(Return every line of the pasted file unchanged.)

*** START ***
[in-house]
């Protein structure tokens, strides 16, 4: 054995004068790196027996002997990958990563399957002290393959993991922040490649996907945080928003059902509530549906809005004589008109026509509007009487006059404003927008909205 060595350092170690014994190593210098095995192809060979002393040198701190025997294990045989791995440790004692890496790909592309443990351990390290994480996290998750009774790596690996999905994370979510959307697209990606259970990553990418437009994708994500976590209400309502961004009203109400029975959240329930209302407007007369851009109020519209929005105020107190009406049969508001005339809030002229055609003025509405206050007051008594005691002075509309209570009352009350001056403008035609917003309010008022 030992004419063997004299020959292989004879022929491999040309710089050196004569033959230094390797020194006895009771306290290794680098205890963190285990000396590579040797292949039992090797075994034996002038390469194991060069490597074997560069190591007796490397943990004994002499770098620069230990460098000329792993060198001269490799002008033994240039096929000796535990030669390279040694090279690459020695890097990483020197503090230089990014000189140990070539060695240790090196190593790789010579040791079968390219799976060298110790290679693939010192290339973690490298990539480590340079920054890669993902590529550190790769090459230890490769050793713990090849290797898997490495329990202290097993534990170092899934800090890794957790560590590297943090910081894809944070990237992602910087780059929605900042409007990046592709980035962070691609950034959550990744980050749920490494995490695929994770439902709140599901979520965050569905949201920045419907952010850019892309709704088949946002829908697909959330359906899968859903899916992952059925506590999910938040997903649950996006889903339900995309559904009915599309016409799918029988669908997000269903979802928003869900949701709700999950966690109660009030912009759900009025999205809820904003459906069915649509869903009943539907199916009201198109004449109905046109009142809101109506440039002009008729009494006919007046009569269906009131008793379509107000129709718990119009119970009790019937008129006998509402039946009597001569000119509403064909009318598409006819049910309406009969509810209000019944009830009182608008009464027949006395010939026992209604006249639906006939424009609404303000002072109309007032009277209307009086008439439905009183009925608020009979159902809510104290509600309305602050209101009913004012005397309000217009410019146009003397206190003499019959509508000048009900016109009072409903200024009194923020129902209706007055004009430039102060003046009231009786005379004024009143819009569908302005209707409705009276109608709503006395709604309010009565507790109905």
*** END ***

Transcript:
[in-house]
């Protein structure tokens, strides 16, 4: 054995004068790196027996002997990958990563399957002290393959993991922040490649996907945080928003059902509530549906809005004589008109026509509007009487006059404003927008909205 060595350092170690014994190593210098095995192809060979002393040198701190025997294990045989791995440790004692890496790909592309443990351990390290994480996290998750009774790596690996999905994370979510959307697209990606259970990553990418437009994708994500976590209400309502961004009203109400029975959240329930209302407007007369851009109020519209929005105020107190009406049969508001005339809030002229055609003025509405206050007051008594005691002075509309209570009352009350001056403008035609917003309010008022 030992004419063997004299020959292989004879022929491999040309710089050196004569033959230094390797020194006895009771306290290794680098205890963190285990000396590579040797292949039992090797075994034996002038390469194991060069490597074997560069190591007796490397943990004994002499770098620069230990460098000329792993060198001269490799002008033994240039096929000796535990030669390279040694090279690459020695890097990483020197503090230089990014000189140990070539060695240790090196190593790789010579040791079968390219799976060298110790290679693939010192290339973690490298990539480590340079920054890669993902590529550190790769090459230890490769050793713990090849290797898997490495329990202290097993534990170092899934800090890794957790560590590297943090910081894809944070990237992602910087780059929605900042409007990046592709980035962070691609950034959550990744980050749920490494995490695929994770439902709140599901979520965050569905949201920045419907952010850019892309709704088949946002829908697909959330359906899968859903899916992952059925506590999910938040997903649950996006889903339900995309559904009915599309016409799918029988669908997000269903979802928003869900949701709700999950966690109660009030912009759900009025999205809820904003459906069915649509869903009943539907199916009201198109004449109905046109009142809101109506440039002009008729009494006919007046009569269906009131008793379509107000129709718990119009119970009790019937008129006998509402039946009597001569000119509403064909009318598409006819049910309406009969509810209000019944009830009182608008009464027949006395010939026992209604006249639906006939424009609404303000002072109309007032009277209307009086008439439905009183009925608020009979159902809510104290509600309305602050209101009913004012005397309000217009410019146009003397206190003499019959509508000048009900016109009072409903200024009194923020129902209706007055004009430039102060003046009231009786005379004024009143819009569908302005209707409705009276109608709503006395709604309010009565507790109905």